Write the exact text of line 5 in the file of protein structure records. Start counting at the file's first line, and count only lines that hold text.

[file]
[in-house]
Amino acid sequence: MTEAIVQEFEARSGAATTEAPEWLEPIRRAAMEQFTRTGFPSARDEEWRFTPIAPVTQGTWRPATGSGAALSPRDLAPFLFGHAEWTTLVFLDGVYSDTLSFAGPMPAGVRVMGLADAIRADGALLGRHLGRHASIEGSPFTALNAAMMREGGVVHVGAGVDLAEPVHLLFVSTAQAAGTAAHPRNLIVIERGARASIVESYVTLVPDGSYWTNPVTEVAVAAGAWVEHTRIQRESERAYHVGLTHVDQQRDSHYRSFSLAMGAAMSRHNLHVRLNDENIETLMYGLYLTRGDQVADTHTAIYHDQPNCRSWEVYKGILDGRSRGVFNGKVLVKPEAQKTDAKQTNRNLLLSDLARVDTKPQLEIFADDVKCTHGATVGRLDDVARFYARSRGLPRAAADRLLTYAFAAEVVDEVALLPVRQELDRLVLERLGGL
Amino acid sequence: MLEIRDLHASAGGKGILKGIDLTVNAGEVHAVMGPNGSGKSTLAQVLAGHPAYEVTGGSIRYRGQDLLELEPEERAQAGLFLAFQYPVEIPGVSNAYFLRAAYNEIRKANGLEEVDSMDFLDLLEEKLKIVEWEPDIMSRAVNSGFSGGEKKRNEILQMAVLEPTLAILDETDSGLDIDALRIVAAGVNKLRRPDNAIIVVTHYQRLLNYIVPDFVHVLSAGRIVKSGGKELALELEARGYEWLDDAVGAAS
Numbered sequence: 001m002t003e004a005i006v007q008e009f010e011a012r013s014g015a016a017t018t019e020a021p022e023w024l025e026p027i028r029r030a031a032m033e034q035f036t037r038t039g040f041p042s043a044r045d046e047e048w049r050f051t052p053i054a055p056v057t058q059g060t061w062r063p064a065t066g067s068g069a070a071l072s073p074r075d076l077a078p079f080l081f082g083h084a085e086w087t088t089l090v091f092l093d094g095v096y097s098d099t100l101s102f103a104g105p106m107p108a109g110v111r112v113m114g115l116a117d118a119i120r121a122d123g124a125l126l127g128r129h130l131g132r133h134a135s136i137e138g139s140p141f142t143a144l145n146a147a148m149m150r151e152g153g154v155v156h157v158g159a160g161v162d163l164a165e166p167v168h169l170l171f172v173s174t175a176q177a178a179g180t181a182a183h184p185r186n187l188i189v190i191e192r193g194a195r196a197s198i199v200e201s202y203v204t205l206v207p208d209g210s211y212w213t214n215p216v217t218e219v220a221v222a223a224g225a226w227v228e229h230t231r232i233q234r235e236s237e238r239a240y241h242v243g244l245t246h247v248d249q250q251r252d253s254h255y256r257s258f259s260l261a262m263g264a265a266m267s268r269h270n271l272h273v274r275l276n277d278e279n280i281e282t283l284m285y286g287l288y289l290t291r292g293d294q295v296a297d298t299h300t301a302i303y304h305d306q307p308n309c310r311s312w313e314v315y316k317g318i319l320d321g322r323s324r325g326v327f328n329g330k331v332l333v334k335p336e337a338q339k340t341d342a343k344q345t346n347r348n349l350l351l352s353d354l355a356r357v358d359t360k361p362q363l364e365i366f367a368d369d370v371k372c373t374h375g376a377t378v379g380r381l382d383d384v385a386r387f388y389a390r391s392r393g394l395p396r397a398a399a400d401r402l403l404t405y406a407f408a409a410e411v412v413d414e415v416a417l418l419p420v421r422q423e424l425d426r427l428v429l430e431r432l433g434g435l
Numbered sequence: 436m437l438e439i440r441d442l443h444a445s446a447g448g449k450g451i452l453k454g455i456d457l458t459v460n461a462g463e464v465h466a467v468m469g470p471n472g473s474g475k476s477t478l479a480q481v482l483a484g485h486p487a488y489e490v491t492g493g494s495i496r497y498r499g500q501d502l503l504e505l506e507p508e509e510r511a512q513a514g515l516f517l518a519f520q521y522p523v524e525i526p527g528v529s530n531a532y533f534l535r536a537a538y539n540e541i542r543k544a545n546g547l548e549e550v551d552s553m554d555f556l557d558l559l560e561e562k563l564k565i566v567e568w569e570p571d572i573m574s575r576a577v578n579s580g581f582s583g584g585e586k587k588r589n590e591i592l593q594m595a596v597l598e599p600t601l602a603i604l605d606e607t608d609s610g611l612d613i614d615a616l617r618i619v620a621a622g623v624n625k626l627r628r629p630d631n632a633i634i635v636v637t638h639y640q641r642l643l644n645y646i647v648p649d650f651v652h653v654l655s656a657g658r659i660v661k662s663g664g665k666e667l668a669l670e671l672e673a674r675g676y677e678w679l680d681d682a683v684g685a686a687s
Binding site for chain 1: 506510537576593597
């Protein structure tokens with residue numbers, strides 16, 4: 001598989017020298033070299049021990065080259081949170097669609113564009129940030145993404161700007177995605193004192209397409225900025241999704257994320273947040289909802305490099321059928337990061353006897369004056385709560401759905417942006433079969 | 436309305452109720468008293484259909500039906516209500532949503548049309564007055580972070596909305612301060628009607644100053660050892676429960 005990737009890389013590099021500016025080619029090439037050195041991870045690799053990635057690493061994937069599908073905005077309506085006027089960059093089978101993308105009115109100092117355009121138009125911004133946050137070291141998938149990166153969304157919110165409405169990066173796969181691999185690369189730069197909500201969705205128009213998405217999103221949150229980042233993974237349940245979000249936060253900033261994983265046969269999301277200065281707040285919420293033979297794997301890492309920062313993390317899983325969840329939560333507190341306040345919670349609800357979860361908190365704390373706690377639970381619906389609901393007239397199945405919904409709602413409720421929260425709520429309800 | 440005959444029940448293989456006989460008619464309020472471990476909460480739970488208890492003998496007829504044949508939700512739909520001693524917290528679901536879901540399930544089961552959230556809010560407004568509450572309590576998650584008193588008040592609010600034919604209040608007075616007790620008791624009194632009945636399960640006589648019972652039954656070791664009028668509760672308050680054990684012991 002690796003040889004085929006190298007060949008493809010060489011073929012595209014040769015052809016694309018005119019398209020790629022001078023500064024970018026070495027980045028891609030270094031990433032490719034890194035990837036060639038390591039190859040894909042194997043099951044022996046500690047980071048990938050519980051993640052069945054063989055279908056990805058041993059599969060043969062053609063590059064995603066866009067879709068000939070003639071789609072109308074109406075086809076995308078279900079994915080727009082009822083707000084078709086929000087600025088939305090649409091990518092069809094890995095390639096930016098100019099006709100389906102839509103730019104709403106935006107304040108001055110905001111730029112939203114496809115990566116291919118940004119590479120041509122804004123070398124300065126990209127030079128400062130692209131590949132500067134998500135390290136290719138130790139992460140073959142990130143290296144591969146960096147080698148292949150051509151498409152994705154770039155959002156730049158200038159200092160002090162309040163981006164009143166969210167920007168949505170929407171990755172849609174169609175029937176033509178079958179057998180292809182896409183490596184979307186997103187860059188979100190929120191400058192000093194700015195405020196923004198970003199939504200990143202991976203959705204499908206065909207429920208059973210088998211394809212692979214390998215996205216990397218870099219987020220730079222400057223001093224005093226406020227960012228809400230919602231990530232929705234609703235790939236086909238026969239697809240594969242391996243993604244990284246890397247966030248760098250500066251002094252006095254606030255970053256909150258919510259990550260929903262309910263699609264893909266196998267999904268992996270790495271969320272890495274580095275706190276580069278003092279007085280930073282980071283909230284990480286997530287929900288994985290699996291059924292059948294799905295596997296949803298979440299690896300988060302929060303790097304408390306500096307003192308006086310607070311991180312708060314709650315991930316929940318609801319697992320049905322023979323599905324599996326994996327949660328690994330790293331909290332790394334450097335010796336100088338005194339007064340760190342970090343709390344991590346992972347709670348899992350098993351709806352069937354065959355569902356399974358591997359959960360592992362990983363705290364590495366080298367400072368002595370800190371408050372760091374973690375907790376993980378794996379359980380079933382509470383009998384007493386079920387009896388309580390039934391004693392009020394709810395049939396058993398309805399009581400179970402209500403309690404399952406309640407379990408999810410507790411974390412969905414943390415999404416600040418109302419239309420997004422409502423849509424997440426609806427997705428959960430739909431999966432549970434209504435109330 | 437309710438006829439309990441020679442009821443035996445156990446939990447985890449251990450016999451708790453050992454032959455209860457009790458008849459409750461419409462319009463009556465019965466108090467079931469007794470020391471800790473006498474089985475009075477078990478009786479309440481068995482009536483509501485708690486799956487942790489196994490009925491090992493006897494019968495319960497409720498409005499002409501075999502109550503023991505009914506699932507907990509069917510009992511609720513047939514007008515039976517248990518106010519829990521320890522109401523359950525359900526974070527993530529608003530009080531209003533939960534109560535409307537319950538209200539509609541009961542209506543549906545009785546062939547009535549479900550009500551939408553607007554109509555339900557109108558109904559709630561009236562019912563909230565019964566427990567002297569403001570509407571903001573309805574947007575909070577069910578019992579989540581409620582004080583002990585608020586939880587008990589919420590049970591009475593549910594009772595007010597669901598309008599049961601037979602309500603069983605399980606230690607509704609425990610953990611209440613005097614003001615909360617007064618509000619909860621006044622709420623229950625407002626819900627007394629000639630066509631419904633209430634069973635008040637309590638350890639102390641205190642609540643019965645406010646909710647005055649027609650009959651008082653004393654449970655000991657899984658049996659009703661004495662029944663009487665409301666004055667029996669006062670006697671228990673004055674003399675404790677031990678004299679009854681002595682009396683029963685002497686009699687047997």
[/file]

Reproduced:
Numbered sequence: 436m437l438e439i440r441d442l443h444a445s446a447g448g449k450g451i452l453k454g455i456d457l458t459v460n461a462g463e464v465h466a467v468m469g470p471n472g473s474g475k476s477t478l479a480q481v482l483a484g485h486p487a488y489e490v491t492g493g494s495i496r497y498r499g500q501d502l503l504e505l506e507p508e509e510r511a512q513a514g515l516f517l518a519f520q521y522p523v524e525i526p527g528v529s530n531a532y533f534l535r536a537a538y539n540e541i542r543k544a545n546g547l548e549e550v551d552s553m554d555f556l557d558l559l560e561e562k563l564k565i566v567e568w569e570p571d572i573m574s575r576a577v578n579s580g581f582s583g584g585e586k587k588r589n590e591i592l593q594m595a596v597l598e599p600t601l602a603i604l605d606e607t608d609s610g611l612d613i614d615a616l617r618i619v620a621a622g623v624n625k626l627r628r629p630d631n632a633i634i635v636v637t638h639y640q641r642l643l644n645y646i647v648p649d650f651v652h653v654l655s656a657g658r659i660v661k662s663g664g665k666e667l668a669l670e671l672e673a674r675g676y677e678w679l680d681d682a683v684g685a686a687s